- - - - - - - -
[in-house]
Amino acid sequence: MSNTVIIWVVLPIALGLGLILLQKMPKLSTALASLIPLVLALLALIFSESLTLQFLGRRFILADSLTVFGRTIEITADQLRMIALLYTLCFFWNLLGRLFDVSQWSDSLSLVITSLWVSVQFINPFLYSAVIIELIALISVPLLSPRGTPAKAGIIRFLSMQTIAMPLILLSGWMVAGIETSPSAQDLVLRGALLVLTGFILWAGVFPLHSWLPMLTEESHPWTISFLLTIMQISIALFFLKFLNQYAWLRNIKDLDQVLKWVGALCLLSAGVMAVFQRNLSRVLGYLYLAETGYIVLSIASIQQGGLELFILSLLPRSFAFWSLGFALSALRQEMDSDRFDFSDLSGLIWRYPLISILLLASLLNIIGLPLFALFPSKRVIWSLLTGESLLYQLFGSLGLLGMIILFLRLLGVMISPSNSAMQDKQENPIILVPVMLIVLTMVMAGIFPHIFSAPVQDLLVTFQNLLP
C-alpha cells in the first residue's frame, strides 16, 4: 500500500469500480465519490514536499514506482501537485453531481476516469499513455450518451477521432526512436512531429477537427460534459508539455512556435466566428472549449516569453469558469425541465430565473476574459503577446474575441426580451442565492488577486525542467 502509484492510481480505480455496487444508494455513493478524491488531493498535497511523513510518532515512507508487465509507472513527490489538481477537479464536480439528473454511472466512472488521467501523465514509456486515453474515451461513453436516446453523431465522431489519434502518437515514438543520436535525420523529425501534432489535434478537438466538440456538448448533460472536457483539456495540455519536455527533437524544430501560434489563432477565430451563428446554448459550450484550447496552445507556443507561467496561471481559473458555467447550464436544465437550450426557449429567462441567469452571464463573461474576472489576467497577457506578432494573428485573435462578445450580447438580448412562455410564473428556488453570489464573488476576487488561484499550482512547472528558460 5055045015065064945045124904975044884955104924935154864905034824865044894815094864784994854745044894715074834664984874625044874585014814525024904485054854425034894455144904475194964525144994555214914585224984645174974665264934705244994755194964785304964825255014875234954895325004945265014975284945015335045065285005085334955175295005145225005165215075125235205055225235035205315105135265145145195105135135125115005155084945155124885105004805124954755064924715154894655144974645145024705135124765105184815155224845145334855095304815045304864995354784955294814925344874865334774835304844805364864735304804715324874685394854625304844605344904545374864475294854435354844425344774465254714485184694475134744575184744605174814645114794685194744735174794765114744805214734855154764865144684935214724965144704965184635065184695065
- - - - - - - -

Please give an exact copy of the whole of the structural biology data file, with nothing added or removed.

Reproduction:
[in-house]
Amino acid sequence: MSNTVIIWVVLPIALGLGLILLQKMPKLSTALASLIPLVLALLALIFSESLTLQFLGRRFILADSLTVFGRTIEITADQLRMIALLYTLCFFWNLLGRLFDVSQWSDSLSLVITSLWVSVQFINPFLYSAVIIELIALISVPLLSPRGTPAKAGIIRFLSMQTIAMPLILLSGWMVAGIETSPSAQDLVLRGALLVLTGFILWAGVFPLHSWLPMLTEESHPWTISFLLTIMQISIALFFLKFLNQYAWLRNIKDLDQVLKWVGALCLLSAGVMAVFQRNLSRVLGYLYLAETGYIVLSIASIQQGGLELFILSLLPRSFAFWSLGFALSALRQEMDSDRFDFSDLSGLIWRYPLISILLLASLLNIIGLPLFALFPSKRVIWSLLTGESLLYQLFGSLGLLGMIILFLRLLGVMISPSNSAMQDKQENPIILVPVMLIVLTMVMAGIFPHIFSAPVQDLLVTFQNLLP
C-alpha cells in the first residue's frame, strides 16, 4: 500500500469500480465519490514536499514506482501537485453531481476516469499513455450518451477521432526512436512531429477537427460534459508539455512556435466566428472549449516569453469558469425541465430565473476574459503577446474575441426580451442565492488577486525542467 502509484492510481480505480455496487444508494455513493478524491488531493498535497511523513510518532515512507508487465509507472513527490489538481477537479464536480439528473454511472466512472488521467501523465514509456486515453474515451461513453436516446453523431465522431489519434502518437515514438543520436535525420523529425501534432489535434478537438466538440456538448448533460472536457483539456495540455519536455527533437524544430501560434489563432477565430451563428446554448459550450484550447496552445507556443507561467496561471481559473458555467447550464436544465437550450426557449429567462441567469452571464463573461474576472489576467497577457506578432494573428485573435462578445450580447438580448412562455410564473428556488453570489464573488476576487488561484499550482512547472528558460 5055045015065064945045124904975044884955104924935154864905034824865044894815094864784994854745044894715074834664984874625044874585014814525024904485054854425034894455144904475194964525144994555214914585224984645174974665264934705244994755194964785304964825255014875234954895325004945265014975284945015335045065285005085334955175295005145225005165215075125235205055225235035205315105135265145145195105135135125115005155084945155124885105004805124954755064924715154894655144974645145024705135124765105184815155224845145334855095304815045304864995354784955294814925344874865334774835304844805364864735304804715324874685394854625304844605344904545374864475294854435354844425344774465254714485184694475134744575184744605174814645114794685194744735174794765114744805214734855154764865144684935214724965144704965184635065184695065